Microcapsules of drugs that self-explode within the body at set times could free patients with conditions such as cancer and HIV from the need to take numerous daily doses of medicine.
It could also benefit people in developing nations who live far from medical facilities, making vital repeat visits for treatments for diseases such as TB difficult, and could remove the need for repeat doses of vaccines to build immunity.
In research presented at EuroNanoForum 2005, researchers from Ghent University in Belgium and the Max Planck Institute of Colloids and Interfaces near Potsdam, Germany, said they had designed selfexploding microcapsules that could release drugs in bursts. These would be injected into the body.
The microcapsules are made from a biodegradable microgel surrounded by a membrane that is permeable to water but impermeable to both the microgel’s degradation products and the drugs within it. As the microgels degrade, the pressure within the capsule increases, eventually rupturing the membrane case and releasing the drug in one burst.
The formula of the microgels can be altered to affect the rate of degradation, allowing the timing of the drug delivery to be controlled.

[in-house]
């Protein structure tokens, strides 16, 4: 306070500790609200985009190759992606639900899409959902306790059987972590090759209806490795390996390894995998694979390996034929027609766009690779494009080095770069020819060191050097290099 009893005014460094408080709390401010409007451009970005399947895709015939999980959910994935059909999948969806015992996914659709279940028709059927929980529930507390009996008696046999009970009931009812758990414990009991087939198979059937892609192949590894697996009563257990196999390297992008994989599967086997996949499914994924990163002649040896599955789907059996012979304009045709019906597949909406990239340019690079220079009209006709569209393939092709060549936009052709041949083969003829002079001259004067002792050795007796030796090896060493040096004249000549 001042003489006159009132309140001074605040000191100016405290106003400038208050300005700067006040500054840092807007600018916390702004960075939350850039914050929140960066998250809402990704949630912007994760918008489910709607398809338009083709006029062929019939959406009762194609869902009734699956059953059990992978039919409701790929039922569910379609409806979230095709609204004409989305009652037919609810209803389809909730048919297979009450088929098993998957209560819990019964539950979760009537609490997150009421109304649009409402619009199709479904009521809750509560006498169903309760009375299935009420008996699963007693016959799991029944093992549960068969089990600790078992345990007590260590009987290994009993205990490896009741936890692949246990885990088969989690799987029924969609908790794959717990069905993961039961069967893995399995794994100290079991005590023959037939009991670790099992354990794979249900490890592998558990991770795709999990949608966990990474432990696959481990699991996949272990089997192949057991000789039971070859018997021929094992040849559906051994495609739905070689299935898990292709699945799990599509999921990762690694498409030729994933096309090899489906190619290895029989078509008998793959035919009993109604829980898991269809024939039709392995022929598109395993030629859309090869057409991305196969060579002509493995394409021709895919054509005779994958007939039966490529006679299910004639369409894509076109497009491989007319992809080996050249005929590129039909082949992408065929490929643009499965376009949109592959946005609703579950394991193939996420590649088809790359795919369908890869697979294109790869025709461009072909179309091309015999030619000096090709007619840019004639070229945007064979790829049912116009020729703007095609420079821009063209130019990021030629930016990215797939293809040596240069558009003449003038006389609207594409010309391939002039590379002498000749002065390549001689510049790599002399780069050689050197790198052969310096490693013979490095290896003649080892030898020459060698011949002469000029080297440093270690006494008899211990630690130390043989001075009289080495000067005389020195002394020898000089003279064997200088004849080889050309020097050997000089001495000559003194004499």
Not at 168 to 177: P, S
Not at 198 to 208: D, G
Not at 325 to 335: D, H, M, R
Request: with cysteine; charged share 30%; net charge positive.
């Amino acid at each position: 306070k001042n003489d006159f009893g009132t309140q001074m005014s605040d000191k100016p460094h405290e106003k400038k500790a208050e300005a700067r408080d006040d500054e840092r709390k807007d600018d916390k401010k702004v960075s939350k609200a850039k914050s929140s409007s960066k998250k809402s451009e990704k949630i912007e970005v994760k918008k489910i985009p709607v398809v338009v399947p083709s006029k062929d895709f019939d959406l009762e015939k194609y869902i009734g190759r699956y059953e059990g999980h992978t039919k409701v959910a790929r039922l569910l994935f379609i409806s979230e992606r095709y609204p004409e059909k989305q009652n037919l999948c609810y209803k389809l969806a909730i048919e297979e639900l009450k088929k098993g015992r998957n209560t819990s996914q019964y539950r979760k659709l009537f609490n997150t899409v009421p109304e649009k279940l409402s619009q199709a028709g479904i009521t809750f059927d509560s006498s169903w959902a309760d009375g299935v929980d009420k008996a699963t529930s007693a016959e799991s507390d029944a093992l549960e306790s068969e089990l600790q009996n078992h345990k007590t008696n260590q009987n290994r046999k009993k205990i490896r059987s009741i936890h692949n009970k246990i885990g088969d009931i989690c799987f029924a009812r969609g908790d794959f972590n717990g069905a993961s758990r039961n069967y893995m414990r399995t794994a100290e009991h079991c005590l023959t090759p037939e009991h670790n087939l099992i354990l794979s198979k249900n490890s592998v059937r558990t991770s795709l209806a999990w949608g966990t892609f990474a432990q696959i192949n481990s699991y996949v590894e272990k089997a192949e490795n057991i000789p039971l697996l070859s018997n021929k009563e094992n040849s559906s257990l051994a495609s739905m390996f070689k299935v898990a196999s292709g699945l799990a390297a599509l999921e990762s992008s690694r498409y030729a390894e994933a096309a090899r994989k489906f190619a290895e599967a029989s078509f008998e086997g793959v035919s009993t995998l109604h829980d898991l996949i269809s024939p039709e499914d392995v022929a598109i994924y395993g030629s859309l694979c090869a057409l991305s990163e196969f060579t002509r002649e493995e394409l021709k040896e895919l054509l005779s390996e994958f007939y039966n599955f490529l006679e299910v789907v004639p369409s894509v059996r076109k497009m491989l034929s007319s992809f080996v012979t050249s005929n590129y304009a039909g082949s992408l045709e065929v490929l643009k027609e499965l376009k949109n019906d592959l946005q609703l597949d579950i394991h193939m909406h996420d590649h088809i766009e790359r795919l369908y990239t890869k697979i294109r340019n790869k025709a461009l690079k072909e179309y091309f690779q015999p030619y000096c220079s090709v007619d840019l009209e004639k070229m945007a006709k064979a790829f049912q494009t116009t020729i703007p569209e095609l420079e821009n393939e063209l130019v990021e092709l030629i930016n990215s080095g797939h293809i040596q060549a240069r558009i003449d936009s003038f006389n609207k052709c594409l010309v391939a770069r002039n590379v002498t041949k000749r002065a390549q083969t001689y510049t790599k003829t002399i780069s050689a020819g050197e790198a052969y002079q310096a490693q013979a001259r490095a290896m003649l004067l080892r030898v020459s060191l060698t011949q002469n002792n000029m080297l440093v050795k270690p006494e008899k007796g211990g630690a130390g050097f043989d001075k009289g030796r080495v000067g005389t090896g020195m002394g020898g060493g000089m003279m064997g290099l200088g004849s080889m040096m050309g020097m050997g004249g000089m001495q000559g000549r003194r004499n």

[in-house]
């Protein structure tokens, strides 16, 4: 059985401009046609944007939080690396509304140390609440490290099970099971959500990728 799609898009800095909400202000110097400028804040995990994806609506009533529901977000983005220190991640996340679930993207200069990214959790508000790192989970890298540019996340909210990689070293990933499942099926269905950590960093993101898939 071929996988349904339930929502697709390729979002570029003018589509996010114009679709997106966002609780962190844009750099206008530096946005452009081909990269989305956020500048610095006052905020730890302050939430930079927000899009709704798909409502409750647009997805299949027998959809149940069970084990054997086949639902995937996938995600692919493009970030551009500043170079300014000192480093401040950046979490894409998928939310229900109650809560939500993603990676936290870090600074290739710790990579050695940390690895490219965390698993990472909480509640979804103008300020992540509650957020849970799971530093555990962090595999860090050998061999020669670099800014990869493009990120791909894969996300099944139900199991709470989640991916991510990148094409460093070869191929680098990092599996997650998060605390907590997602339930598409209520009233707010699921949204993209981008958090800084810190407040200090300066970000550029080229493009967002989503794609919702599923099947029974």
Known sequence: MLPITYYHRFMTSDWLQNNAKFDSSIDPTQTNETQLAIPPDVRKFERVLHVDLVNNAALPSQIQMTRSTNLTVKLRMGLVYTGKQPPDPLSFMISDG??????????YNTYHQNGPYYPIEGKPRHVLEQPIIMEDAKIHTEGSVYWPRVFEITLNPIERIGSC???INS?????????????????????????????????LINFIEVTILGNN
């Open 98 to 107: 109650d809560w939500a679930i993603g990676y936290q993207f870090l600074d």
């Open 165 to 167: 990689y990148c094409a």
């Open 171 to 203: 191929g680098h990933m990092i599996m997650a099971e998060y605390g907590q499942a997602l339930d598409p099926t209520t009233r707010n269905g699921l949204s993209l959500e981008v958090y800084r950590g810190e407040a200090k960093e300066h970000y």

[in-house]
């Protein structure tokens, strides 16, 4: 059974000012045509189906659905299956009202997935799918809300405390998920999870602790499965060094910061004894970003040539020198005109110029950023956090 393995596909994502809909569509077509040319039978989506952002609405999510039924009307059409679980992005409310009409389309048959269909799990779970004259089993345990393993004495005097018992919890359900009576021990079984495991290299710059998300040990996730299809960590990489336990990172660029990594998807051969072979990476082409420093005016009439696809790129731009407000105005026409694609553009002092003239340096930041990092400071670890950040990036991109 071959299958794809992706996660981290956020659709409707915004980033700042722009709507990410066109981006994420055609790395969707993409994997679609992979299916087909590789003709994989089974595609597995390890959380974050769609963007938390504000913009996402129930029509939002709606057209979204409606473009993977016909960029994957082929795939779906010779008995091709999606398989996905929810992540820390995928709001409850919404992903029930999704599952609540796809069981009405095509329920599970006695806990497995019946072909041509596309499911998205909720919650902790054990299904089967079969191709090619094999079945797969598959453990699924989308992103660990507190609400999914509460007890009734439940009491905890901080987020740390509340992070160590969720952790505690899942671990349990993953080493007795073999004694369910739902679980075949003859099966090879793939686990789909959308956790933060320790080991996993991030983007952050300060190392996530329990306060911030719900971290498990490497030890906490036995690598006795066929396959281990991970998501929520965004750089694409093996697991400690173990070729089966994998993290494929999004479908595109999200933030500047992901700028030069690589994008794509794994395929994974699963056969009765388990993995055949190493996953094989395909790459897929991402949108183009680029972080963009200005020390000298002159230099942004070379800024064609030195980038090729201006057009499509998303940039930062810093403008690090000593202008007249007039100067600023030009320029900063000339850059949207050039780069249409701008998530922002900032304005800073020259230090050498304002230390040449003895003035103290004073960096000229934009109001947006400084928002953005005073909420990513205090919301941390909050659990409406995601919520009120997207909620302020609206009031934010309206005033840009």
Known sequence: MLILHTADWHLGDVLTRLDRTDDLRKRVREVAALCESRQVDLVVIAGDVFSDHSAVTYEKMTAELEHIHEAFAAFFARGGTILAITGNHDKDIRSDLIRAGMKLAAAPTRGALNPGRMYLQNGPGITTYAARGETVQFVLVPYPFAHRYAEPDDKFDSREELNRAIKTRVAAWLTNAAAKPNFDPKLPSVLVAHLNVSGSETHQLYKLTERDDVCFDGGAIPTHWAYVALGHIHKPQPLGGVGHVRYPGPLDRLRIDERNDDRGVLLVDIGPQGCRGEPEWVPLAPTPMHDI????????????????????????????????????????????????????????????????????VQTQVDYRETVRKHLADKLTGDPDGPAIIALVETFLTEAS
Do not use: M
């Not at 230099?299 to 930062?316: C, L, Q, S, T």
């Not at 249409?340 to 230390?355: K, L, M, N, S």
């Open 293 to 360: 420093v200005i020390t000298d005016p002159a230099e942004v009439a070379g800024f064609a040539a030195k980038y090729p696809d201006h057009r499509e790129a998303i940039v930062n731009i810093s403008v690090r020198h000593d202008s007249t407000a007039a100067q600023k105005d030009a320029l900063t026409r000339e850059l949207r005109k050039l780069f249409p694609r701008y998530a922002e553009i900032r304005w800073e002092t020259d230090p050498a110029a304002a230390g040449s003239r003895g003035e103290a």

‘Currently we are able to have capsules exploding at physiologic conditions of pH 7.4 using biopolymers,’ said Bruno De Geest of Ghent University.
‘The shortest time for explosion is five days and this time can easily be prolonged by decreasing the microgels’ degradation rate.’
In the case of HIV medication, patients may be required to take over 30 doses a day. Pumps, implants and patches have been considered as methods for providing a continuous release of a drug over a prolonged period of time.
However, in the case of substances such as hormone treatments it can be more effective for drugs to be delivered in a pulse rather than as a continuous stream.